On 17 Jun., 04:37, "Peter Webb" <webbfam...@DIESPAMDIEoptusnet.com.au> wrote: > "WM" <mueck...@rz.fh-augsburg.de> wrote in message > > news:email@example.com... > > > > > > > On 16 Jun., 13:15, "Peter Webb" <webbfam...@DIESPAMDIEoptusnet.com.au> > > wrote: > >> "WM" <mueck...@rz.fh-augsburg.de> wrote in message > > >>news:firstname.lastname@example.org... > >> On 16 Jun., 05:37, Aatu Koskensilta <aatu.koskensi...@uta.fi> wrote: > > >> > Virgil <Vir...@home.esc> writes: > >> > > But until you can determine which of those 10 cases, how can you > >> > > compute the number? > > >> > You can't. The number is computable nonetheless, in the sense that > >> > there > >> > exists an effective procedure for churning out its decimal expansion. > > >> > As noted, computability is a purely extensional notion. Recall the > >> > classical recursion theory exercise, which we find, in some form or > >> > other, in pretty much any text on the subject: > > >> > Let f : N --> N be a function such that > > >> > f(x) = 0 if Goldbach's conjecture is true, and 1 otherwise. > > >> > Is f computable? > > >> All computable, Turing-computable, nonetheless computable, definable > >> (in any useful, i.e., finite language), and by other means > >> determinable numbers form a countable set. > > >> ________________________ > >> All subsets of N are countable. Big deal. > > > All subsets of N that can be specified somehow belong to a countable > > set. > > As I said, all subsets of N are countable. Also as I said, big deal.
No. You misunderstood. Please read carefully. The set of all subsets of N that can be specified somehow is countable.
> > No, try to think in a rational way. Every real number that can be > > identified by definition, computation, and whatever notions else may > > be invented by set theorists to shore up their broken walls, all these > > numbers belong to a countable set. > > Yes.
And so do all subsets of N that can be specified. > > > Therefore Cantor "proves" the uncountability of a countable set. > > No. Cantor's proof is not about a "set" of Reals; it is about a "list" of > Reals.
But from this list he concludes that the set of reals that can appear as a diagonal, hence can be specified somehow, is uncountable. This conclusion is wrong > > You seem to not understand that something can be a set but cannot be > enumerated as a list, which is pretty much the whole point of Cantor's > proof.
I understand that aleph_0 is considered to be a number. Then we can conclude that even sets that cannot be enumerated, can have cardinal number aleph_0. Because they are a subset of a set that can be enumerated. > > > > >> ____________________ > >> No, it proves there is a Real which is not on the list. > > > What is the interpretation? The reals that can be constructed, are > > uncountable. > > No. The interpretation is that you cannot form a list of all Reals, and any > list which purports to be so must miss at least one Real.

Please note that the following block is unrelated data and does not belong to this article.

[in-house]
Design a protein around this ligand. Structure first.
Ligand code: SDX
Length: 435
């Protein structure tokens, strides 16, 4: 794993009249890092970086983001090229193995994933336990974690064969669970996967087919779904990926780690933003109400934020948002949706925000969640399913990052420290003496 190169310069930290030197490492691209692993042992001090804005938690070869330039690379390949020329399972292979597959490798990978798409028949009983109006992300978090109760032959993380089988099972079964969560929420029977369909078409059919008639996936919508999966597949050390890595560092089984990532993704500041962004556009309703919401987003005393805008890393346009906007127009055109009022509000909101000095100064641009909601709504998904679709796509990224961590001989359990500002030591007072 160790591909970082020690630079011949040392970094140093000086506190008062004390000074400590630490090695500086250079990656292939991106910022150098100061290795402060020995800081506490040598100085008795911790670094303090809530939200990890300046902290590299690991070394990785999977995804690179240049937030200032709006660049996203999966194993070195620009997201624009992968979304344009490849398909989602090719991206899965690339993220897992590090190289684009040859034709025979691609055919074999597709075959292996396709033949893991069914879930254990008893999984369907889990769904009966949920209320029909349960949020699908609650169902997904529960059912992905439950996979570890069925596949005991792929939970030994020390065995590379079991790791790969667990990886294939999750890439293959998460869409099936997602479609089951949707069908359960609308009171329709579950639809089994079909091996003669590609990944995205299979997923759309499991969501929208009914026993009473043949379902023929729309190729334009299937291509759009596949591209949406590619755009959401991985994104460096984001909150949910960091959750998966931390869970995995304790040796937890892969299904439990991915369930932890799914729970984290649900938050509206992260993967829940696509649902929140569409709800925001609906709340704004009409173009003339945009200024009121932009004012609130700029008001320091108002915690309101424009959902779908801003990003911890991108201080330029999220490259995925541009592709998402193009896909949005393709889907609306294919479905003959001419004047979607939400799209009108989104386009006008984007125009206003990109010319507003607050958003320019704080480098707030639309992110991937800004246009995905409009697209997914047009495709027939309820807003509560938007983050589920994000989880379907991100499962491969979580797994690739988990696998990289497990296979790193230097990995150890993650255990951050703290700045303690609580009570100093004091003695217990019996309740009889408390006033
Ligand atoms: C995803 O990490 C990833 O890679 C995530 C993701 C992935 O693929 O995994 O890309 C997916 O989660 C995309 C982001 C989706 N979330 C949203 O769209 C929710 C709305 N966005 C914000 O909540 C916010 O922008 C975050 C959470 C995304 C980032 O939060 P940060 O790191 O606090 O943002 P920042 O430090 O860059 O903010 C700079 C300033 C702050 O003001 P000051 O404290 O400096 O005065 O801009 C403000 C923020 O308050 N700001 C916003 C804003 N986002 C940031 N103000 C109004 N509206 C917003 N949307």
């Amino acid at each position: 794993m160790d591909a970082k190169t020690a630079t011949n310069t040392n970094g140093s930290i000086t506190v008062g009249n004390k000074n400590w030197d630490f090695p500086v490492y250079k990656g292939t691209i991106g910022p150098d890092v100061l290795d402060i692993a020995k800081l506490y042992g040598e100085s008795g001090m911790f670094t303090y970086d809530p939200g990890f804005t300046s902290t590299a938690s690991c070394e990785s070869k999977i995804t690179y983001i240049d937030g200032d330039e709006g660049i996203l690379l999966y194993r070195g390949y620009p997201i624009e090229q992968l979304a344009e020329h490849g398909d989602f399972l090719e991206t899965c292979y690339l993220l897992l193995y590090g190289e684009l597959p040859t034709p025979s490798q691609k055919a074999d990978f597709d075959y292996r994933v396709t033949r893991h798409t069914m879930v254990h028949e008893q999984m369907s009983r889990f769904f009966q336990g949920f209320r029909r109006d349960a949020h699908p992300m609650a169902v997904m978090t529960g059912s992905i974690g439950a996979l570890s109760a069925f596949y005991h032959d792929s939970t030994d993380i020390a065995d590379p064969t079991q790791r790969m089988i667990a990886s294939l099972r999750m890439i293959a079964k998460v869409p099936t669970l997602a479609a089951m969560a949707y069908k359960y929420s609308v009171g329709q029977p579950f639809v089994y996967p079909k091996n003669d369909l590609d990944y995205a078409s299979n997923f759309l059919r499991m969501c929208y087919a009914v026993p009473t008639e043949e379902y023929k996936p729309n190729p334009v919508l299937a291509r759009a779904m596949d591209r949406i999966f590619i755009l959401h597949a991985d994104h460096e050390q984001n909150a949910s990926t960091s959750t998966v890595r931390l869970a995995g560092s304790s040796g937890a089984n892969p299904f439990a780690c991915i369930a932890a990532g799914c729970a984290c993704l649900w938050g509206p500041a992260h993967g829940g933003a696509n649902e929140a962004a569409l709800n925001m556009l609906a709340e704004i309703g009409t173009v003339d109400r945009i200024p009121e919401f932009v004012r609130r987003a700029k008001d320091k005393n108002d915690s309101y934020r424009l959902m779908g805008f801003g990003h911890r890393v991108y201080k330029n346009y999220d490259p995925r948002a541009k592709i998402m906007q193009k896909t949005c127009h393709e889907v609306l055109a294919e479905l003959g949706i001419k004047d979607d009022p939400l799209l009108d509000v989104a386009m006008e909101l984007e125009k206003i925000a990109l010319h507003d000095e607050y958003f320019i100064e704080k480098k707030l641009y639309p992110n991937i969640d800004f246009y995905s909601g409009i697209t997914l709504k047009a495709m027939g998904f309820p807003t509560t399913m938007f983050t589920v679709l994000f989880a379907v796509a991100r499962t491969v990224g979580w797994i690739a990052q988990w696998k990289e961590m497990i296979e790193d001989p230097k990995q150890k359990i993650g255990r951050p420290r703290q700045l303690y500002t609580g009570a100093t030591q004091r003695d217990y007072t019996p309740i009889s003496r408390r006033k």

The following list contains all reals (i.e. their finite names) that can be specified. This contradicts your claim.
1.1.a 0 2.1.a 1 3.1.a 00 ...
Every line can be expanded to a (countable) infinity of an infinity of lines to cover every word in every language and every alphabet. There is no name missing. The list is counatble.
> > > Another proof shows: The reals that can be constructed, are countable. > > So there is a contradiction. What is the reason: The assumption of > > finished infinity. > > No, the pretty obvious (and correct) conclusion is that you cannot form a > list of the constructable Reals. > > Note, again, that you are implicitly treating a list of Reals as the same > thing as a set of Reals; Cantor's proof is about Lists, not Sets.
Cantor concludes about sets. That is wrong. Further there is a list given above that contains all constructable reals - though some more names. But it would be wrong to assume that a subset has larger cardinal number than its superset. > > > There are no infinite sequences of digits other than established by > > finite formulas as a_n = 1/n or pi or sqrt(2). > > Cantor's list with infinitely many infinitely long lines containing > > arbitrary sequences of digits does not exist (other than by finite > > formulas - but they are countable). In fact nobody has ever seen that > > chimera. A typical case of mass hysteria. How could mathematicians be > > taken in by that rubbish? > > Well, mathematicians don't confuse lists of Reals with sets of Reals.
Why then do they claim that the set of reals is uncountable and conclude that 2^aleph_0 is larger than aleph_0? In fact, that is the error.